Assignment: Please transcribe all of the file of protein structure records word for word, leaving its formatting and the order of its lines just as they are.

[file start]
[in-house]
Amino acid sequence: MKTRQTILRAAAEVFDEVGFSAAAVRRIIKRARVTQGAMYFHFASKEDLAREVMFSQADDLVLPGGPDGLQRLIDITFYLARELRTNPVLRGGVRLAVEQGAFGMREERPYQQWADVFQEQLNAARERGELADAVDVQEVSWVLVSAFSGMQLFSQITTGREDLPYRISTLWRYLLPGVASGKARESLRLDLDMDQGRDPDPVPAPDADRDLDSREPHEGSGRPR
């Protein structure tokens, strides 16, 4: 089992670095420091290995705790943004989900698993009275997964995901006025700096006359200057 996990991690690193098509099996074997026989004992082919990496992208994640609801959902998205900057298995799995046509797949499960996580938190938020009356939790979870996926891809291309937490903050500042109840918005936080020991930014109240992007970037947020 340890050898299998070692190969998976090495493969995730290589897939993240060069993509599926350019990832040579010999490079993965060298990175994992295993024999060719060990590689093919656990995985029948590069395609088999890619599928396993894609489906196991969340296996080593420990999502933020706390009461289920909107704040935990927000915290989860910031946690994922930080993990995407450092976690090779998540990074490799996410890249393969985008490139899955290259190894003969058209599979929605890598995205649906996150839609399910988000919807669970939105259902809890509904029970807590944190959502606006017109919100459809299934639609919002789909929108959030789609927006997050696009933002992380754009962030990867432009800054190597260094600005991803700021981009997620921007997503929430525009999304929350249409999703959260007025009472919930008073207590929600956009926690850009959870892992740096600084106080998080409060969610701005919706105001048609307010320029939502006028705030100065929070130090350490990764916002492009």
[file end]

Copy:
[in-house]
Amino acid sequence: MKTRQTILRAAAEVFDEVGFSAAAVRRIIKRARVTQGAMYFHFASKEDLAREVMFSQADDLVLPGGPDGLQRLIDITFYLARELRTNPVLRGGVRLAVEQGAFGMREERPYQQWADVFQEQLNAARERGELADAVDVQEVSWVLVSAFSGMQLFSQITTGREDLPYRISTLWRYLLPGVASGKARESLRLDLDMDQGRDPDPVPAPDADRDLDSREPHEGSGRPR
């Protein structure tokens, strides 16, 4: 089992670095420091290995705790943004989900698993009275997964995901006025700096006359200057 996990991690690193098509099996074997026989004992082919990496992208994640609801959902998205900057298995799995046509797949499960996580938190938020009356939790979870996926891809291309937490903050500042109840918005936080020991930014109240992007970037947020 340890050898299998070692190969998976090495493969995730290589897939993240060069993509599926350019990832040579010999490079993965060298990175994992295993024999060719060990590689093919656990995985029948590069395609088999890619599928396993894609489906196991969340296996080593420990999502933020706390009461289920909107704040935990927000915290989860910031946690994922930080993990995407450092976690090779998540990074490799996410890249393969985008490139899955290259190894003969058209599979929605890598995205649906996150839609399910988000919807669970939105259902809890509904029970807590944190959502606006017109919100459809299934639609919002789909929108959030789609927006997050696009933002992380754009962030990867432009800054190597260094600005991803700021981009997620921007997503929430525009999304929350249409999703959260007025009472919930008073207590929600956009926690850009959870892992740096600084106080998080409060969610701005919706105001048609307010320029939502006028705030100065929070130090350490990764916002492009």